Venezuelan President Hugo Chavez’s speech on climate change to Copenhegan
This poem was nominated by UN as the best poem of 2006, Written by an
When I born, I black
When I grow up, I black
When I go in Sun, I black
When I scared, I black
When I sick, I black
And when I die, I still black
And you white fellow
When you born, you pink
When you grow up, you white
When you go in sun, you red
When you cold, you blue
When you scared, you yellow
When you sick, you green
And when you die, you gray
And you calling me colored??
NCRB data record 1,66,304 farmers’ suicides in a decade since 1997.
Of these, 78,737 occurred between 1997 and 2001. The next five years — from 2002 to 2006 — proved worse, seeing 87,567 farmers take their own lives.
This means that on average, there has been one farmer’s suicide every 30 minutes since 2002.
The all-woman Chingari Trust represents the spirit of resilience and persistence of the Bhopal survivors and notably the women who for years have refused to be daunted or defeated. Ham Bhopal ke naari hain, ham phool nahin, chingaari hain. ‘We are women of Bhopal, we are flames not flowers.’ This rallying-call of the Bhopali women survivors inspired the Trust’s name and symbol.
The Chingari Trust seeks to provide proper medical care for children being born in Bhopal with malformations and brain damage, and to provide income-earning opportunities for families that have been impoverished by the disaster and the subsequent water contamination. Many families have lost their main earners to death or illness and are left struggling for survival. By funding and encouraging the creation of new jobs and offering a positive and nurturing support structure, the Trust intends to set an example to government and others.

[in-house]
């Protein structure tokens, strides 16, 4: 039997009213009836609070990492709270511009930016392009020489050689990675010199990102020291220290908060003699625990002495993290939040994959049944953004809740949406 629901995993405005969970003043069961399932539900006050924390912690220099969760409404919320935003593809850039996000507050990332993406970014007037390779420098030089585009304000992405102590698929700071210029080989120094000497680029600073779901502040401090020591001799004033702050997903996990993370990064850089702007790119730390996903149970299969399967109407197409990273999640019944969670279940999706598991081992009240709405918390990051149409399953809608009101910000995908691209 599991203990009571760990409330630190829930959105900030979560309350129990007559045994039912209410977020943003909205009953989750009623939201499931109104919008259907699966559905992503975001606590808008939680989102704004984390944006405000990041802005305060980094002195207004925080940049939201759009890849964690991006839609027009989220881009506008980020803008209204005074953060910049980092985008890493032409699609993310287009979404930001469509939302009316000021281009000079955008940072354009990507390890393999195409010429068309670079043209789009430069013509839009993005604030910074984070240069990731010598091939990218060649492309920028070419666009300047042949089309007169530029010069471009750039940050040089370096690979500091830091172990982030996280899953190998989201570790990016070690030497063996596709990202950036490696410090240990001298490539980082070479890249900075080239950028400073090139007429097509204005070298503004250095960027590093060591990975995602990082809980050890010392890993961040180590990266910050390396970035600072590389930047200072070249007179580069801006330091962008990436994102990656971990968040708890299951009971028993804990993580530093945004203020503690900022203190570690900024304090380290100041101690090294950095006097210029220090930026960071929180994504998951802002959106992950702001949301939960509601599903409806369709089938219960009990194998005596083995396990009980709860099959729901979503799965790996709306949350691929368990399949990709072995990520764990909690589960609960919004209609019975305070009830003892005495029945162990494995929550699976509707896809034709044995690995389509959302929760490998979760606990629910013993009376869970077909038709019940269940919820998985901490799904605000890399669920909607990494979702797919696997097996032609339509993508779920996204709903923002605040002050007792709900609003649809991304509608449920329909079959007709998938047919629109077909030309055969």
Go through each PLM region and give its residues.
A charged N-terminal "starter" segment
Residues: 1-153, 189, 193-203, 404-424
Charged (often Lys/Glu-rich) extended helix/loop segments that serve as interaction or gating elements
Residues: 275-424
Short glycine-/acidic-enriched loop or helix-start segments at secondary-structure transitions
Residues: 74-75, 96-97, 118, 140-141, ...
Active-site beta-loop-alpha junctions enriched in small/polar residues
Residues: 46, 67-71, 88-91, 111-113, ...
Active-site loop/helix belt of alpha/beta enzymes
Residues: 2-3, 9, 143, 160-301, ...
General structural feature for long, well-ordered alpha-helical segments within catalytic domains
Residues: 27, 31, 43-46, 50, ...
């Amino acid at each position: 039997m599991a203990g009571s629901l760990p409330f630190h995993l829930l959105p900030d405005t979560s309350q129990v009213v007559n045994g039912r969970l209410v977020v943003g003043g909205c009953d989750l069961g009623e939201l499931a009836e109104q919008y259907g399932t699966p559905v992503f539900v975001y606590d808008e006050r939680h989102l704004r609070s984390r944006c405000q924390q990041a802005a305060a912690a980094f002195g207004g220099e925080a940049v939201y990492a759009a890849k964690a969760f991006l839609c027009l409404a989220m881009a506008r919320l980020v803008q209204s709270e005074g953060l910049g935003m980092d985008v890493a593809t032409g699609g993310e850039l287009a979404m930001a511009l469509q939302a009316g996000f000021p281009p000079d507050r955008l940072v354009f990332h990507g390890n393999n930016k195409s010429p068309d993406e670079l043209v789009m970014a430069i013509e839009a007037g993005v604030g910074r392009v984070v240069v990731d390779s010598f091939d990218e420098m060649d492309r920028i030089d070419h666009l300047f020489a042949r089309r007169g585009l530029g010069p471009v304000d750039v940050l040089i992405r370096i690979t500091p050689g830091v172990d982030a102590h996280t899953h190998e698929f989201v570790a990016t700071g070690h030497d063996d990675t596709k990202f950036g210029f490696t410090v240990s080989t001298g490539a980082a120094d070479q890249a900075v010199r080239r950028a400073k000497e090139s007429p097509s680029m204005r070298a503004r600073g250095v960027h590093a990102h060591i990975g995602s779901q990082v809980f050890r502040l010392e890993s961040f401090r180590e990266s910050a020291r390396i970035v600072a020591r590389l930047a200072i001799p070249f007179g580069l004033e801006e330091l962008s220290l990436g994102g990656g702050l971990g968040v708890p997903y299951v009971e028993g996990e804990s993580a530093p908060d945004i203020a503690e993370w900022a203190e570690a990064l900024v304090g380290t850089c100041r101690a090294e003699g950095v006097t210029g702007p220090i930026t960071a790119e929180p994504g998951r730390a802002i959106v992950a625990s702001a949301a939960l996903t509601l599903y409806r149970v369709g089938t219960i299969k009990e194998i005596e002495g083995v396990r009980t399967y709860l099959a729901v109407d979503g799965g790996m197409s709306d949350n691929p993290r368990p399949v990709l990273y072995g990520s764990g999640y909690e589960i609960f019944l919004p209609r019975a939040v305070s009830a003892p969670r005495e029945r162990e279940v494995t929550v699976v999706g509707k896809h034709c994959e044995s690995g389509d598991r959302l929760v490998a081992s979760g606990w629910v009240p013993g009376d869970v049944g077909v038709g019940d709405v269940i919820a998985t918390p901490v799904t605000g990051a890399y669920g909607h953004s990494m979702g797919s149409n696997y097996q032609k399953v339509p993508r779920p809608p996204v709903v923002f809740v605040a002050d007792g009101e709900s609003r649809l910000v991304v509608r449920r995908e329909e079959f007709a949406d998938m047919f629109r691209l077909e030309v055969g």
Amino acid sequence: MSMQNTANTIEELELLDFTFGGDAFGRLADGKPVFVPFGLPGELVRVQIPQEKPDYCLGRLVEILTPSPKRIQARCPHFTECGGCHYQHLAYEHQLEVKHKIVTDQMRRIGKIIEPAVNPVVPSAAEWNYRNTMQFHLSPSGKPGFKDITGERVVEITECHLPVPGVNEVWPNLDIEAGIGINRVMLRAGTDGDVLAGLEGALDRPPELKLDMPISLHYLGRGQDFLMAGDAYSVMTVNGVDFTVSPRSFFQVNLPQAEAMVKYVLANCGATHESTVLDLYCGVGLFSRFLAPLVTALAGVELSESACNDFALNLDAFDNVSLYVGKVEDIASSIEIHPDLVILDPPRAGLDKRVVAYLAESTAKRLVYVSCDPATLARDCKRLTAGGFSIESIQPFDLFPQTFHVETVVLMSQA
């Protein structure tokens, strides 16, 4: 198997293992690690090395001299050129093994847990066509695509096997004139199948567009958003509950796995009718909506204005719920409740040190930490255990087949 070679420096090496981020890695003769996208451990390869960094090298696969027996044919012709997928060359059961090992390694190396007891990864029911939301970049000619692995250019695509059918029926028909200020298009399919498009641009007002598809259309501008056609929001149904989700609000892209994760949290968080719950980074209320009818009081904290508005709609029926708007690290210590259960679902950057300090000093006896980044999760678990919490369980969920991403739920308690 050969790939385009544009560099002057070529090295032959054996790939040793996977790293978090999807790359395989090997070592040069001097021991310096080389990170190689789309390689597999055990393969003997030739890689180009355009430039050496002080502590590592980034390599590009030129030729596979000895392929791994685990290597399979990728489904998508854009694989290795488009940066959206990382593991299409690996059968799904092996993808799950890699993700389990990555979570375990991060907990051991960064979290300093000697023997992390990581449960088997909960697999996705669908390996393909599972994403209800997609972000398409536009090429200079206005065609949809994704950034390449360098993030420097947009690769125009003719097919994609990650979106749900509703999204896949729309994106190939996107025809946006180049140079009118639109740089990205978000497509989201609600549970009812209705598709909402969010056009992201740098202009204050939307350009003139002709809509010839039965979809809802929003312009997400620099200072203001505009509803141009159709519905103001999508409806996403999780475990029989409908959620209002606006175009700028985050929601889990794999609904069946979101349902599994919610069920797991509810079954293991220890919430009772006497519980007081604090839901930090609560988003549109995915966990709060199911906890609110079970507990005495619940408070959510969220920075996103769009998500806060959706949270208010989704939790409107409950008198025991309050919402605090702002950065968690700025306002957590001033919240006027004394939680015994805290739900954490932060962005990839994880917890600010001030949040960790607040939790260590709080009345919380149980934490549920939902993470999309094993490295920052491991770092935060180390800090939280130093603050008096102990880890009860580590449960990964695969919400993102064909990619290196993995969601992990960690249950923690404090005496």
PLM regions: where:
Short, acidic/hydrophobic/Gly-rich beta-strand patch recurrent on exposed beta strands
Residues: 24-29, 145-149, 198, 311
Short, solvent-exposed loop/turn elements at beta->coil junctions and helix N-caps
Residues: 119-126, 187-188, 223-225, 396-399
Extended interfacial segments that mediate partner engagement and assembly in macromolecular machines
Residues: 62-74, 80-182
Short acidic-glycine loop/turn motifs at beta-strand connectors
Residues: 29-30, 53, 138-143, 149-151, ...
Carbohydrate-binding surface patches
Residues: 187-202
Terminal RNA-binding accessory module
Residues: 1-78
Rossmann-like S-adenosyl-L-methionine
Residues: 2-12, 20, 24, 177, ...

The Trust will recognise and support struggles led by women in various parts of the country, especially in remote rural India by each year making a “Chingari Award for Women Against Corporate Crimes”, with a trophy and a fellowship of fifty thousand Indian rupees.
Batti Bandh is an entirely voluntary event taking place on the 15th of December between 7:30 & 8:30 p.m. This event is aimed at requesting all of Mumbai to stand up for a cause that is greater than all of us. All you need to do is switch off lights and appliances in your home, shop, office, school, college or anywhere you are for 1 hour to take a stand against global warming. Just 1 hour.
What will this 1 hour do? This 1 hour for just 1 day is not our only aim. This 1 hour is to set an example to the world, to every person who witnesses it, to show that together we can make a difference. This 1 hour will save a lot of electricity as well as pollution and if done regularly can go a long way in reducing pollution that is released by electricity plants as well.